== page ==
Pig Ear Dog Treats Likely Source Of Salmonella Outbreak

A multi-state outbreak of a drug-resistant strain of salmonella has been linked to pig ear dog treats. There have been 93 reported cases in 27 states, with 20 hospitalizations and no recorded deaths. The first case of illness was reported in November 2018 and the latest case was reported July 2, 2019. The exact source of the outbreak is still unknown

The Centers for Disease Control and Prevention has confirmed that the pig ear dog treats are the likely source of the infection. Of the reported cases, nearly half of those affected said they were in contact with a dog before getting sick and a third reported contact with the treats or with dogs who ate the treats. The pig-ear treats were first recalled earlier this month. At the time of the initial recall, the outbreak involved just 45 people in 13 different states.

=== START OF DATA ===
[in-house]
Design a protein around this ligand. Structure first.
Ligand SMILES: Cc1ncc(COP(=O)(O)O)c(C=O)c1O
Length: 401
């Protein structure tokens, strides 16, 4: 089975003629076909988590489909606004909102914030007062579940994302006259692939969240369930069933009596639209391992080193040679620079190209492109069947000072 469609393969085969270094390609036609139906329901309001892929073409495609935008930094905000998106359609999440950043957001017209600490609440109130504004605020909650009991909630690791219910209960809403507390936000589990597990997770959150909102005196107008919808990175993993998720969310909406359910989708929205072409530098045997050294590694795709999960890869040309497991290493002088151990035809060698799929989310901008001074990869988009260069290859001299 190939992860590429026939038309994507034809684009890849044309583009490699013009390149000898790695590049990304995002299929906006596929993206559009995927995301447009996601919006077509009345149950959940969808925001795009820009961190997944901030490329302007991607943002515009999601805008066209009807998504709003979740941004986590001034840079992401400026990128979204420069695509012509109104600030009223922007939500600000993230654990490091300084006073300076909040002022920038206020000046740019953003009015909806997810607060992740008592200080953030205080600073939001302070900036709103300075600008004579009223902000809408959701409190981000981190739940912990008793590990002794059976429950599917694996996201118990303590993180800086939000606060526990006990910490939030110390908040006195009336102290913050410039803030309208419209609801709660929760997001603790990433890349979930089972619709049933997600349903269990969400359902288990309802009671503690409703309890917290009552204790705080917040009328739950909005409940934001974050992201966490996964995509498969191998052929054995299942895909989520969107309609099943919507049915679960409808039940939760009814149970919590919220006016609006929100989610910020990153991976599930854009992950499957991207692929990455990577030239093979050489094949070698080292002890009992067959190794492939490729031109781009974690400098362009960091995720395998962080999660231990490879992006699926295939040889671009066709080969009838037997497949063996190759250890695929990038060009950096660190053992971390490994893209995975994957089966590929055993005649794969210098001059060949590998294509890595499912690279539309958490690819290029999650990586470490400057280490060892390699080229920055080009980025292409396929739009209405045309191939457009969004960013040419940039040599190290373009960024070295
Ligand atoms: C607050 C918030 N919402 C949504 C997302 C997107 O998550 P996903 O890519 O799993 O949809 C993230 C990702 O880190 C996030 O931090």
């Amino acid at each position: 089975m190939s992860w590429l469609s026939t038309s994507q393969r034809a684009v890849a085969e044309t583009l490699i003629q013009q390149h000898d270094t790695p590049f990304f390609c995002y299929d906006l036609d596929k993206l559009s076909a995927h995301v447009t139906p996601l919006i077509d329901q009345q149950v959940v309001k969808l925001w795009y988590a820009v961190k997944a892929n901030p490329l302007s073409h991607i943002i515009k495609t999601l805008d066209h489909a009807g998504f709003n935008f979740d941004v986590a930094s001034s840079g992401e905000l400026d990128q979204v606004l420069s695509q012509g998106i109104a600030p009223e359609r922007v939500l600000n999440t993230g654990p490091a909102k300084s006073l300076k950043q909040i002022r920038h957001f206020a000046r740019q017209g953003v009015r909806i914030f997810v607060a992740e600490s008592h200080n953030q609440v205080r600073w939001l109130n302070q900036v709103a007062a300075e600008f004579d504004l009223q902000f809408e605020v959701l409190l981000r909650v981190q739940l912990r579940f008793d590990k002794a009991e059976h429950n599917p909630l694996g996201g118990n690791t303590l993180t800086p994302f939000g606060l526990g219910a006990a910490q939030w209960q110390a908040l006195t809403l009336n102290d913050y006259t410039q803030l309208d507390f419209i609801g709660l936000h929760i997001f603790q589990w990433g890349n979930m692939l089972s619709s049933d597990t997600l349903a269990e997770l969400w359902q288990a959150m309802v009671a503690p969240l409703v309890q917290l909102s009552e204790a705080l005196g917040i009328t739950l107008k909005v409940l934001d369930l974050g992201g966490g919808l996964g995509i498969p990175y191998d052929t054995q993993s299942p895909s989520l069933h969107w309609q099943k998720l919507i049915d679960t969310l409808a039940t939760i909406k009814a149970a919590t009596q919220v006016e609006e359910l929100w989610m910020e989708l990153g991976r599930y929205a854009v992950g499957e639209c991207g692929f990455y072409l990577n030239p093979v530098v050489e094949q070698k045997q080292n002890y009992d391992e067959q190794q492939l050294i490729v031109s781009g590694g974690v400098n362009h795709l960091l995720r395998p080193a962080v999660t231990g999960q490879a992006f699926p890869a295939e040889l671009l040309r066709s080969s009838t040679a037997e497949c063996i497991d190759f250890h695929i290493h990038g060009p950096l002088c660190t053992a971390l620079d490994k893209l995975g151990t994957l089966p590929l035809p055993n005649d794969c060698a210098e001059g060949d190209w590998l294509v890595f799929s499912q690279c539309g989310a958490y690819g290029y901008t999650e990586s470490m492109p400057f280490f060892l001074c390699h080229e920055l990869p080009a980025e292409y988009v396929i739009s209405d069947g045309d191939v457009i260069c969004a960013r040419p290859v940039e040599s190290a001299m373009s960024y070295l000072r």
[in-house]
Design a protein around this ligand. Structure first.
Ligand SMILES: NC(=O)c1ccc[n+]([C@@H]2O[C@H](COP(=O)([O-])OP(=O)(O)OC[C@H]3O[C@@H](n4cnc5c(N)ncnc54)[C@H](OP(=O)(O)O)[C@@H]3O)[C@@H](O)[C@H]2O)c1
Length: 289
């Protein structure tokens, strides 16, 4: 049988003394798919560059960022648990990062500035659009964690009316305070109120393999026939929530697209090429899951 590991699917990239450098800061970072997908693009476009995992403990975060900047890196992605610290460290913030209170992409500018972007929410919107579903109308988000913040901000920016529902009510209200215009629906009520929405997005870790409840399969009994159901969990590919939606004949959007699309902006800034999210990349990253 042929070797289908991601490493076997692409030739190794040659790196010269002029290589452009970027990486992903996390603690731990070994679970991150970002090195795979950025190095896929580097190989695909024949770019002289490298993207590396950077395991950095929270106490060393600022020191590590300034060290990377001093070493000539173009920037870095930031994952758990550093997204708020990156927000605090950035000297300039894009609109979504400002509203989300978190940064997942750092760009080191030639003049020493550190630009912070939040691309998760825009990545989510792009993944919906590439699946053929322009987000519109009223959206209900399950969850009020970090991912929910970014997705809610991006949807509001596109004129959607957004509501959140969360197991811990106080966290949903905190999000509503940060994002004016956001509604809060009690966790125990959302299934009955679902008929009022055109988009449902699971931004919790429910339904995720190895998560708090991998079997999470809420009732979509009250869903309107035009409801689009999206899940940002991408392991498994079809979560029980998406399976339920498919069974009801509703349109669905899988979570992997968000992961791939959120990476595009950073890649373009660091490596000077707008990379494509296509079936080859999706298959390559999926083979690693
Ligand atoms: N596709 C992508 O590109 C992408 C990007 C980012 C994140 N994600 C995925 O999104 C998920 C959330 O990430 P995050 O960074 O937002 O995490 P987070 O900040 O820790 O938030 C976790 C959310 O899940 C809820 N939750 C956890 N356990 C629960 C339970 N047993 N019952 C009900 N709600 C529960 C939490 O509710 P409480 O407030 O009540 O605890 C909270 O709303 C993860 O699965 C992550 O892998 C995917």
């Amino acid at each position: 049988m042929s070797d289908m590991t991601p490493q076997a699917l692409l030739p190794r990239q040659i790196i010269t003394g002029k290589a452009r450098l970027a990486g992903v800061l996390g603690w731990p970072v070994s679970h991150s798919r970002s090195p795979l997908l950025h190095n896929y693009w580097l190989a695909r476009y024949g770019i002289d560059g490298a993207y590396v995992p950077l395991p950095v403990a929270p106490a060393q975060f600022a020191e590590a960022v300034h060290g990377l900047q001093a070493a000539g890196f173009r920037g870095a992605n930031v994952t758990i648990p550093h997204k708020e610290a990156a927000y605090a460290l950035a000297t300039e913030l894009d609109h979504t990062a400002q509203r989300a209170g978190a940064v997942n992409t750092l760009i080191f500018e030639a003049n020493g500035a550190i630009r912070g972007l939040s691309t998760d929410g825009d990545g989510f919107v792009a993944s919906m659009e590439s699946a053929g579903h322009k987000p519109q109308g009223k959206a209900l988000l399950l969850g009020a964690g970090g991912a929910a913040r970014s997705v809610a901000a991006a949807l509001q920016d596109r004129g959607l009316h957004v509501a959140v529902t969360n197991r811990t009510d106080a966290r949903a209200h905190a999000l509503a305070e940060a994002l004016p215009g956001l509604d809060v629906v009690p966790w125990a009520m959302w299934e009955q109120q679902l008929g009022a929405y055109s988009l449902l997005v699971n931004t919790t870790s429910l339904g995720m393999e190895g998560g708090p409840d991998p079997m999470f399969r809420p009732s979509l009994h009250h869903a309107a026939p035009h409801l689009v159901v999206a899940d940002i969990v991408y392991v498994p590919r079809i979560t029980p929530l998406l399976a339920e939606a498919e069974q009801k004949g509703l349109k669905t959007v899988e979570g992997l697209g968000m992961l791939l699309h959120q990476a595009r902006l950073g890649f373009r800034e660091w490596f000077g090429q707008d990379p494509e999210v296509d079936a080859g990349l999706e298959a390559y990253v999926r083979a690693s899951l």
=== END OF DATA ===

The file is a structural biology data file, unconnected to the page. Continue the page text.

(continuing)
Many pet stores have now removed the product from their shelves, even if none of the illnesses were linked to their locations. Pet Supplies Plus, which has more than 400 stores across 33 states, said in a statement, “Testing by the Michigan Department of Agriculture and Rural Development revealed that aging bulk pig-ear product in one of our stores tested positive for salmonella. We have pulled bulk pig-ear product from the shelves of all of our stores and have stopped shipping bulk pig ears from our distribution center.”

Salmonella, a bacterial disease, can cause illness in both humans and dogs. Common symptoms in people include nausea, vomiting, bloody diarrhea, abdominal cramping and fever. Pets infected with salmonella may be lethargic and have diarrhea, fever and vomiting. The CDC said its investigation into the matter is ongoing.

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